The 'Obvious' Technique That Stops Readers From Clicking Away
One surefire way to keep people reading your fundraising copy, or anything else you write, is to put your thesis statement front and center. Let me show you what I mean.
Compare this opening paragraph, from an article about which airlines have the most flight delays:
Whether you're on your way to the in-laws with squirming toddlers or have 30 minutes to get from the airport to a client meeting, a late arrival can mean the difference between sanity and a meltdown.
United Airlines was the worst U.S. airline — and Virgin America was the best — among leading U.S. airlines last year, a report said Monday. Overall, carriers had their second-best score in the more than the two decades since researchers began measuring quality of service.
The first example is a textbook case of burying the lede, i.e., beginning the copy with secondary information that forces the reader to search for the actual point of the story.
The problem is, now more than ever, readers won't bother.
Writers bury their ledes for many reasons. For example, they think a few introductory remarks will help orient readers to the topic before getting to the main point.
Or they believe it builds suspense so readers will be on the edge of their seats and want to keep reading.
Or, as in the first example, they want to give some slice-of-life scenarios so readers will identify with the topic.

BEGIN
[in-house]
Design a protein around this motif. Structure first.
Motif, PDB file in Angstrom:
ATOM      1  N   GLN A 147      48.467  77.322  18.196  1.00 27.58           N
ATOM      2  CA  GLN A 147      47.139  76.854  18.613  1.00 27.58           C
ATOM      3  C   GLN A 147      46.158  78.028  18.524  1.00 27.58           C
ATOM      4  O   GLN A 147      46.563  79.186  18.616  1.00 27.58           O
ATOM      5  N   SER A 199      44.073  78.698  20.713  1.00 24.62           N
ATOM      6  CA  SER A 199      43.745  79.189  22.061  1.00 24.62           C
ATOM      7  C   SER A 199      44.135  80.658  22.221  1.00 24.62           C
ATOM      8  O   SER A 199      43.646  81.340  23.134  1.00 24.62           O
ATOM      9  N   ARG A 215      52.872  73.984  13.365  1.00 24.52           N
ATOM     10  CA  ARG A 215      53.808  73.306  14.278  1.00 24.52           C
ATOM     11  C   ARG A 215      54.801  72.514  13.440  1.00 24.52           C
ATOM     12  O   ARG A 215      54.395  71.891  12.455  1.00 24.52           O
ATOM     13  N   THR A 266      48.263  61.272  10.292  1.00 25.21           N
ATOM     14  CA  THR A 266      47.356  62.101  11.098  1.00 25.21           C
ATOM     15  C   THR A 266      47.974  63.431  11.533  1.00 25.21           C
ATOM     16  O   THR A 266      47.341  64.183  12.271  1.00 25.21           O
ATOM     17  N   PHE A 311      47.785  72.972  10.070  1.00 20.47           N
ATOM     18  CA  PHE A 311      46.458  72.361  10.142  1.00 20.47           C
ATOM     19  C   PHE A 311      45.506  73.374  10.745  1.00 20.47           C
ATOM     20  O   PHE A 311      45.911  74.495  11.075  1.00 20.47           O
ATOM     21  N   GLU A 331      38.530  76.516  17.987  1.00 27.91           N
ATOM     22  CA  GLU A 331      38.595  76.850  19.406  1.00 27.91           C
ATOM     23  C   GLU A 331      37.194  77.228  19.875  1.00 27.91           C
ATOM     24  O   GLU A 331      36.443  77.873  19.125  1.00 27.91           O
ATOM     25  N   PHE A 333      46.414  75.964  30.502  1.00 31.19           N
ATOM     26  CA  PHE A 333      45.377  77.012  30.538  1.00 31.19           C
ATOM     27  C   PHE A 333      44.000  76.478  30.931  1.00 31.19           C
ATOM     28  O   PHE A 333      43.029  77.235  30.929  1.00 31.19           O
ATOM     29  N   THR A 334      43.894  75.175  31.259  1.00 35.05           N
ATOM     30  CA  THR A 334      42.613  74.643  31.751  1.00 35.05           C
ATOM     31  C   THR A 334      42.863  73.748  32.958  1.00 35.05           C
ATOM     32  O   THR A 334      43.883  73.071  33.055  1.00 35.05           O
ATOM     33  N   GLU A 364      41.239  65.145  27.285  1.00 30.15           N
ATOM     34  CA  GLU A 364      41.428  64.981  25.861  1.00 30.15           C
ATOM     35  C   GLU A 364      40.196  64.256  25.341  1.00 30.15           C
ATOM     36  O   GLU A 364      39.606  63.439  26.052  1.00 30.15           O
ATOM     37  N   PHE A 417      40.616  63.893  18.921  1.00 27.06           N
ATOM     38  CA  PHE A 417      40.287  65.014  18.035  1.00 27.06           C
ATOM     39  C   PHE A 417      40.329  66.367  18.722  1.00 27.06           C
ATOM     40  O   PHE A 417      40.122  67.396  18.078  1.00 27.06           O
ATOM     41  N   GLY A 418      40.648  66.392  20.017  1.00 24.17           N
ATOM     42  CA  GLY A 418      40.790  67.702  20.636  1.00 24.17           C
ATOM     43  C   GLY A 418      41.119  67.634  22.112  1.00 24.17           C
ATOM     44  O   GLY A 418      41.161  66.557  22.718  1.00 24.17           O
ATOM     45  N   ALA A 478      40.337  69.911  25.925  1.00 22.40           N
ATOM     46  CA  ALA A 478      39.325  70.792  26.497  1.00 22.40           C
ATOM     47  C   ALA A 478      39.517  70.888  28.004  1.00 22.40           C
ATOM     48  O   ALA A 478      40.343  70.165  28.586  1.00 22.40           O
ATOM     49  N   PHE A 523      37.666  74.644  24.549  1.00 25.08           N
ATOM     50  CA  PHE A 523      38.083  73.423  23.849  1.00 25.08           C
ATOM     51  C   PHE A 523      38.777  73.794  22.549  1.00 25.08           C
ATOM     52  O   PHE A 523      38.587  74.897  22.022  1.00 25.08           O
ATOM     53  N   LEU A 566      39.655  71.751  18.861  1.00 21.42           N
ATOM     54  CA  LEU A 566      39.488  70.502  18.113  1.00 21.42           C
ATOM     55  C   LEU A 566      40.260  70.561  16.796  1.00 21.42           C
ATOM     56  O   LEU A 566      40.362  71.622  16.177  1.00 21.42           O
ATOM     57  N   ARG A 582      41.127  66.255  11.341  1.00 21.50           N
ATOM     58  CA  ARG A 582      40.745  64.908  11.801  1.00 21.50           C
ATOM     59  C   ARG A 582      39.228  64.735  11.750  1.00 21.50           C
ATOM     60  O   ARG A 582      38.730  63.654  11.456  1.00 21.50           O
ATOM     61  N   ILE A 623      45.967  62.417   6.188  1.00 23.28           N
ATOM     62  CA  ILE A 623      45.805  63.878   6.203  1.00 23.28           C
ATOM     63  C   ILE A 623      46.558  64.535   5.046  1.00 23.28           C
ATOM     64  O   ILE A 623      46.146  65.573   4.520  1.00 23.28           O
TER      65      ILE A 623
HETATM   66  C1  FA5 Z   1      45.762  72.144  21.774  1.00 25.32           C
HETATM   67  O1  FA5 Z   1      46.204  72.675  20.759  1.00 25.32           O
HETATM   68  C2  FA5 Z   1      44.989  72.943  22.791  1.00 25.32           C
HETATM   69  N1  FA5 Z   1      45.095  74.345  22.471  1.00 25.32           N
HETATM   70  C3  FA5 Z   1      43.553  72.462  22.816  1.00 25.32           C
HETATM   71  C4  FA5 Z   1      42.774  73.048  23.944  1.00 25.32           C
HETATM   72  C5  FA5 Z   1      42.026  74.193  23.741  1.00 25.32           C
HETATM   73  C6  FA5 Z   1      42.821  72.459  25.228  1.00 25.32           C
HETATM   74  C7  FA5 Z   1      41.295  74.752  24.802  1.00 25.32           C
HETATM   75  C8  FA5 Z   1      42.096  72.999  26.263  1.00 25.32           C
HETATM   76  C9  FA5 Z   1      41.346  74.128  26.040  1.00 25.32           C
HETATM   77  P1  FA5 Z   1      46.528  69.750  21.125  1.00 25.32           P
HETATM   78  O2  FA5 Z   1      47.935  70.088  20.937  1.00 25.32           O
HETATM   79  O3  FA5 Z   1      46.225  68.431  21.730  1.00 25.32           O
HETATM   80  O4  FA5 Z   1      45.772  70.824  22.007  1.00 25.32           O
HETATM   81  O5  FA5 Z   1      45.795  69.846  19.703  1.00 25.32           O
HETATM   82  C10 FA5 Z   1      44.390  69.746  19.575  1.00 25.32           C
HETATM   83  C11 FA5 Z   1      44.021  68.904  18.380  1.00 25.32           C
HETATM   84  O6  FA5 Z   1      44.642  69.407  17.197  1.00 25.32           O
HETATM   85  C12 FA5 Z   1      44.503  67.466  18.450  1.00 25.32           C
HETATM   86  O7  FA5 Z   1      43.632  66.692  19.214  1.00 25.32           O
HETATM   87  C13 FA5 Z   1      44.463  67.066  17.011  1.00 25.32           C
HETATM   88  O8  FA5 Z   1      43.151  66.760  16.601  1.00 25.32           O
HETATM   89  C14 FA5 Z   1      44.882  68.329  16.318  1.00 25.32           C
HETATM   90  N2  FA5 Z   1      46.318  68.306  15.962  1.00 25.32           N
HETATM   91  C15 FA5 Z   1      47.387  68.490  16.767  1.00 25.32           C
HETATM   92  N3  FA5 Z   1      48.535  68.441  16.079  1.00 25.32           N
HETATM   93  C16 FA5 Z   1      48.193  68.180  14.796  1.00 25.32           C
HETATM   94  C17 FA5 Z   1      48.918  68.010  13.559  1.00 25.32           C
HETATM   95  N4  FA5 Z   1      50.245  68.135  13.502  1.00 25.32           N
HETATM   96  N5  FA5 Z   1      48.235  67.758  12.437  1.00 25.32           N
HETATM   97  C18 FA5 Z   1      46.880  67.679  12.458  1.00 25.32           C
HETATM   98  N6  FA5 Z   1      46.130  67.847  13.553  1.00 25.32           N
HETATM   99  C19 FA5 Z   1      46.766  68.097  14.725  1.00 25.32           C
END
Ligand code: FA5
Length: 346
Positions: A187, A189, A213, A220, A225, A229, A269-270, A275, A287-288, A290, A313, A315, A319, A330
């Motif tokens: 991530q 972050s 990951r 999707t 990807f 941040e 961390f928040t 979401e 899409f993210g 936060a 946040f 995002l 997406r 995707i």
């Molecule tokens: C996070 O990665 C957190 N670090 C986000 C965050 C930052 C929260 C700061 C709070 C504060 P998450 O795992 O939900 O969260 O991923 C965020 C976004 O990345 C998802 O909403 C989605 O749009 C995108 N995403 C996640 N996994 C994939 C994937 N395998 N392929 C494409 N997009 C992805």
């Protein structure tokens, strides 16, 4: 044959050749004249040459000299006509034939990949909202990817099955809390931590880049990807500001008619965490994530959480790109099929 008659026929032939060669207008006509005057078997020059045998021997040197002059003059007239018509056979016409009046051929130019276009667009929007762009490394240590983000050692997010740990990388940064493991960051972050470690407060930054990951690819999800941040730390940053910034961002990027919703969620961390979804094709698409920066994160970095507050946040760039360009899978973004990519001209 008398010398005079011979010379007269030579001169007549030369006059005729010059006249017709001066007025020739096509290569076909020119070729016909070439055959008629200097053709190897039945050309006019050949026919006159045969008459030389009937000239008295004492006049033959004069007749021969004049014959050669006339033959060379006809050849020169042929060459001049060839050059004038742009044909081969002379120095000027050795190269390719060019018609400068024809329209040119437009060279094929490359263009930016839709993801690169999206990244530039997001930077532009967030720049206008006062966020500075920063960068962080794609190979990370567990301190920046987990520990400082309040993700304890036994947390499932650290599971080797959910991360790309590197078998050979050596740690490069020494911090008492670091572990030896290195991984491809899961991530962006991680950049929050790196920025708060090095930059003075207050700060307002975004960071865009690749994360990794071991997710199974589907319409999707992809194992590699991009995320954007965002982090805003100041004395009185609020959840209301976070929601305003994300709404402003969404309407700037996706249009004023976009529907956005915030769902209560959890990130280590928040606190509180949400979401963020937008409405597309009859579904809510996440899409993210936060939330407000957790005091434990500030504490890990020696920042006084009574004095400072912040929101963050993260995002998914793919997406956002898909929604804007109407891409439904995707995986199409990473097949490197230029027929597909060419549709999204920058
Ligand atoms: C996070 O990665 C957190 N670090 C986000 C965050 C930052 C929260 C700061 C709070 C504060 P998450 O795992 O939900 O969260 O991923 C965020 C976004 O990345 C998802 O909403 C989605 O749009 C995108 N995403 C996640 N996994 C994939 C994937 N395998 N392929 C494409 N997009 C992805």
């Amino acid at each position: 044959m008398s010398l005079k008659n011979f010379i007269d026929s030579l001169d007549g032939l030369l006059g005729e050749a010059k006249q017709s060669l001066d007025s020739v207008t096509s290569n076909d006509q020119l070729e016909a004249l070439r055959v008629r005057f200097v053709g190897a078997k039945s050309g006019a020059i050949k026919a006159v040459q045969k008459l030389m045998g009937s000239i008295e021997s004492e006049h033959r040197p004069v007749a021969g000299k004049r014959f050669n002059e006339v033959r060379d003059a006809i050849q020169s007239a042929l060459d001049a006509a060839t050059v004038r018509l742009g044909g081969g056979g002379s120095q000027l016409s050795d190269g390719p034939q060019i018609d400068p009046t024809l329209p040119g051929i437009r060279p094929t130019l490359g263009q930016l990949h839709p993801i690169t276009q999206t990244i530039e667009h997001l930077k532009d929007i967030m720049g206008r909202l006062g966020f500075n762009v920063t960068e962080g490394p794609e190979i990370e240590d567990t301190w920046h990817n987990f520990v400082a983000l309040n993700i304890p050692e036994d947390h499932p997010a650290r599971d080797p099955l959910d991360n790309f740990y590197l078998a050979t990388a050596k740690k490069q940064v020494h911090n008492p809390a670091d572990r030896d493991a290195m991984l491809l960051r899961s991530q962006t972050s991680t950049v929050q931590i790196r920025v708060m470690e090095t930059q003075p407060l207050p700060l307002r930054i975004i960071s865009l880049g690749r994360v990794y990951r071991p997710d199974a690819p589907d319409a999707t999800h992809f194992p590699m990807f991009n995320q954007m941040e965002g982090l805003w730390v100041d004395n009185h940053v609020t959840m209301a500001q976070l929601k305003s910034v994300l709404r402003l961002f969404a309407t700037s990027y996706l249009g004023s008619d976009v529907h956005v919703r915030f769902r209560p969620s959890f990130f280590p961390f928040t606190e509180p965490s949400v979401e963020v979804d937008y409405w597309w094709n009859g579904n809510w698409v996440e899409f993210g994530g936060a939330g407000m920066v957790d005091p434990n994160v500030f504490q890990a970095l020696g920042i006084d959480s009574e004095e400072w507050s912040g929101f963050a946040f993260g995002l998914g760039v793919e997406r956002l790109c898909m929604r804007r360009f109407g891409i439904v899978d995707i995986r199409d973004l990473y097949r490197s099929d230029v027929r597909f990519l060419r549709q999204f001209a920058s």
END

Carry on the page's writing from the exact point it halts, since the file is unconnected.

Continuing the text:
Or worst of all, they believe they are such clever wordsmiths that readers will be enchanted by their captivating prose.
Here's the truth: Readers don't want, or have time for, "interesting." For online readers this is true 10 times over.
What actually happens is that readers take quick glances at heads and subject lines on their various devices to see if they spot anything relevant to them.
Willis believes in expressive writing, exceptional fundraising, and exuberant living.
Willis Turner is the senior copywriter at Huntsinger & Jeffer. He was an experienced writer and creative director in the traditional advertising world for more than 20 years before making the switch to fundraising nearly 15 years ago. In his work with nonprofit organizations and associations, he has written thousands of appeals, renewals and acquisition communications for every medium. He creates direct-response campaigns, as well as collateral materials and communications, that get attention, tell emotional stories, and persuade people to take action or make a donation.